Saturday, October 25, 2014
To put things in perspective. After what seems a lifetime subscribing to scientific naturalism - evolution - and upon examining the arguments about origins, I conclude that the universe must (by way of reason and probability) be a work of intelligent creation - Mankind and his Creator the epicentre of its purpose.
Further concluding, that all arguments about origins can be categorised as Creator, no Creator (God, no God), worldview - there being no middle ground. Speculation about natural origins is, as I eventually discovered, wishful thinking - a calculated diversion from reality. An “escape from reason.” There is no sound argument to the contrary however well constructed.
Friday, October 24, 2014
“Finding expression, to say what you want to say, comes with a wonderful sense of freedom. Then, having written, the responsibility for one’s words clearly defines that no man is free, completely! Bound by the words of our mouth and that of our pen - keyboard - we answer to all, and God.”
Thursday, May 1, 2014
This thread has its origins in Craig Stark’s article about the non-linearity of DLSR RAW data, as well as discussions on various forums about preprocessing of DSLR RAW frames.
The non-linearity of DSLR RAW data (compared to 16bit CCD linear data), is a product of camera firmware corrections, which are designed to create a RAW image that is easily processed, out of the box! Non-linearity is a technical term for data that has been manipulated in some way from the RAW linear state captured by the CMOS sensor. This is the case with DSLR RAW images (data) to produce a nice picture.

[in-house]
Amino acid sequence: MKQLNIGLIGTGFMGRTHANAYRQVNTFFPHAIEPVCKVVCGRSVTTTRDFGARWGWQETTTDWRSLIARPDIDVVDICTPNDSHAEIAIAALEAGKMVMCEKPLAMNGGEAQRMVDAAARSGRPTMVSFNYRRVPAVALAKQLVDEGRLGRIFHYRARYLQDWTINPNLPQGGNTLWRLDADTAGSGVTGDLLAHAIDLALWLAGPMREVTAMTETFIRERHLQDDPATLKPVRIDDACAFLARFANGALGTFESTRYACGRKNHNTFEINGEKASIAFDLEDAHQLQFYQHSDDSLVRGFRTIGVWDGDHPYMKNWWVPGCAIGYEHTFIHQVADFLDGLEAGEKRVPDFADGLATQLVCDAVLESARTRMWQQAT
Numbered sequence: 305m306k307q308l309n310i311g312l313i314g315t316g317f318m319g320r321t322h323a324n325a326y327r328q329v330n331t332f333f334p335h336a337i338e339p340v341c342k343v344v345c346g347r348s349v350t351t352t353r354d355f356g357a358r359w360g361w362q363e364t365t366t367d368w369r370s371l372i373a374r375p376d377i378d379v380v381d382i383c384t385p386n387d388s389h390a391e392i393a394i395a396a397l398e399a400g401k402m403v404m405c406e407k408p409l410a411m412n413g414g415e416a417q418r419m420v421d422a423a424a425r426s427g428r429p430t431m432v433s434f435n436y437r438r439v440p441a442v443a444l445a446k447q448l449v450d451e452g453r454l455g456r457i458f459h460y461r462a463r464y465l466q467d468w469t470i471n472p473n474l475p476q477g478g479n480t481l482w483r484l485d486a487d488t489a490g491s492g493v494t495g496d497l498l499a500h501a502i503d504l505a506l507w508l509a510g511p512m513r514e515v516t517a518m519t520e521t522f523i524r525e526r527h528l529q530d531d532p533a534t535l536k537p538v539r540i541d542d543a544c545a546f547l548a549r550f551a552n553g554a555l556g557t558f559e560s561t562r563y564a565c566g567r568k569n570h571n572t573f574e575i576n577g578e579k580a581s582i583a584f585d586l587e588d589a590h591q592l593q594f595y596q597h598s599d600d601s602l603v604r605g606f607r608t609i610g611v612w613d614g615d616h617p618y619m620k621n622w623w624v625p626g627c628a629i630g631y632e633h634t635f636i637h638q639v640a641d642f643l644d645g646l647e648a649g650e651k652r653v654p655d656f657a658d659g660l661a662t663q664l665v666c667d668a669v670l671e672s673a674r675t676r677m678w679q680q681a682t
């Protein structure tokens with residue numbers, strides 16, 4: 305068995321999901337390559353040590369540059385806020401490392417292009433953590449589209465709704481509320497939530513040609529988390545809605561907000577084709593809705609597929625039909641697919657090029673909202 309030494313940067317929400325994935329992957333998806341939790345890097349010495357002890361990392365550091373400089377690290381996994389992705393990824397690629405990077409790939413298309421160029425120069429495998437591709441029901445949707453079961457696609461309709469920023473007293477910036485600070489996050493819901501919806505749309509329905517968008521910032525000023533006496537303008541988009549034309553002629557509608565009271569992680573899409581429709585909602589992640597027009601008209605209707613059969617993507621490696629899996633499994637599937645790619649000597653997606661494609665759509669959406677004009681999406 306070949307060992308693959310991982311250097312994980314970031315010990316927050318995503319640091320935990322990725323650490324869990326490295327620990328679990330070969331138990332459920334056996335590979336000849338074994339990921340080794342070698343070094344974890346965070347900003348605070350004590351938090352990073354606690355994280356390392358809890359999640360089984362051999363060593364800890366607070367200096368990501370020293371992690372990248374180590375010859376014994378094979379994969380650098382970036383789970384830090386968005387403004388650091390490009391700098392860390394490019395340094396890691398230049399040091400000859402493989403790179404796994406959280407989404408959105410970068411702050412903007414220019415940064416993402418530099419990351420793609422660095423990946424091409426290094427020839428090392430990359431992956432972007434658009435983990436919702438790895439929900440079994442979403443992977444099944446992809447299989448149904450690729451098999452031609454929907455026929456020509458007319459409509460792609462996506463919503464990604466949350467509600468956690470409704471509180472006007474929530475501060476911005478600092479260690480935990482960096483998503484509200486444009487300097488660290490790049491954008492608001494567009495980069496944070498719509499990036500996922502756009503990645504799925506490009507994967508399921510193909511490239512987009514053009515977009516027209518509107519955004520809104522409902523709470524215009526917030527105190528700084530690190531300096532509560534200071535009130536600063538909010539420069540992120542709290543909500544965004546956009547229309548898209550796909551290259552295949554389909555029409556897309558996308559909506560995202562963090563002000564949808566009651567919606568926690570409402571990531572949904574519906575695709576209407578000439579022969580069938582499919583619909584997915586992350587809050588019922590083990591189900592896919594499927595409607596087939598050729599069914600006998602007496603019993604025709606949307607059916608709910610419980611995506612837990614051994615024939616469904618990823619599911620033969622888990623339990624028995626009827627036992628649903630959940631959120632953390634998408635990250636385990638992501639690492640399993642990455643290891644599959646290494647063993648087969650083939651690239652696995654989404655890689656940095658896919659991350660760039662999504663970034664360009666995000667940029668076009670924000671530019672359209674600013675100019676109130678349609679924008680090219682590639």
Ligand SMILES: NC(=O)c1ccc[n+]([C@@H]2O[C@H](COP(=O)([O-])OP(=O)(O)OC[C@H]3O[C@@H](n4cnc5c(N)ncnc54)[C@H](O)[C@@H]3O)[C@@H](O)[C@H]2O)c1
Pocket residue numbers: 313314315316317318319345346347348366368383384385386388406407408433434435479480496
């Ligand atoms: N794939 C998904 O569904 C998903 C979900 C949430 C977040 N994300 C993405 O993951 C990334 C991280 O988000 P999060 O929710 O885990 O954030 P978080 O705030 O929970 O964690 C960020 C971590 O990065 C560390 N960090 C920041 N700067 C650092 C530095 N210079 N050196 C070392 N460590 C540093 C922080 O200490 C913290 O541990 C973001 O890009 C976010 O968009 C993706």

Because DSLR RAW data is manipulated in camera, it has already been processed to a point which requires unique handling during preprocessing; that is, during the calibration process. To avoid further data loss, typically experienced by applying 16 bit processing methods to DSLR RAW data; the following is recommended
1. Do NOT bias subtract the dark frames or the light frames, as you would if scaling the dark frames.
2. DO bias subtract the flat frames only.
3. DO subtract the master dark frame from the light frames - bias in the dark method.
4. Do NOT apply pixel rejection algorithms to bias, dark or flat frames - avoid data loss.
5. DO take flats and bias at the lowest ISO.
6. DO apply pixel rejection algorithms appropriately to calibrated light frames.
The issues discussed here were more evident when preprocessing cooled, temperature regulated, DSLR images, and does not rule out the same application to uncooled DSLR RAW data. However, if you have one of those supercooled DSLRs, perhaps dark frames are a thing of the past. A carefully constructed master bias and flat may be all that is required.
“The point of this discussion is, that problems arise with DSLR RAW data when dark frames are bias subtracted and then the master dark frame is subtracted from the light frames, as well as subtracting a master bias - as one would do if scaling darks. This is a process normally applied to linear data and is not suited to DSLR RAW data calibration. Linear processes applied to DSLR data may produce less than optimal and sometimes devastating results due to data truncation.”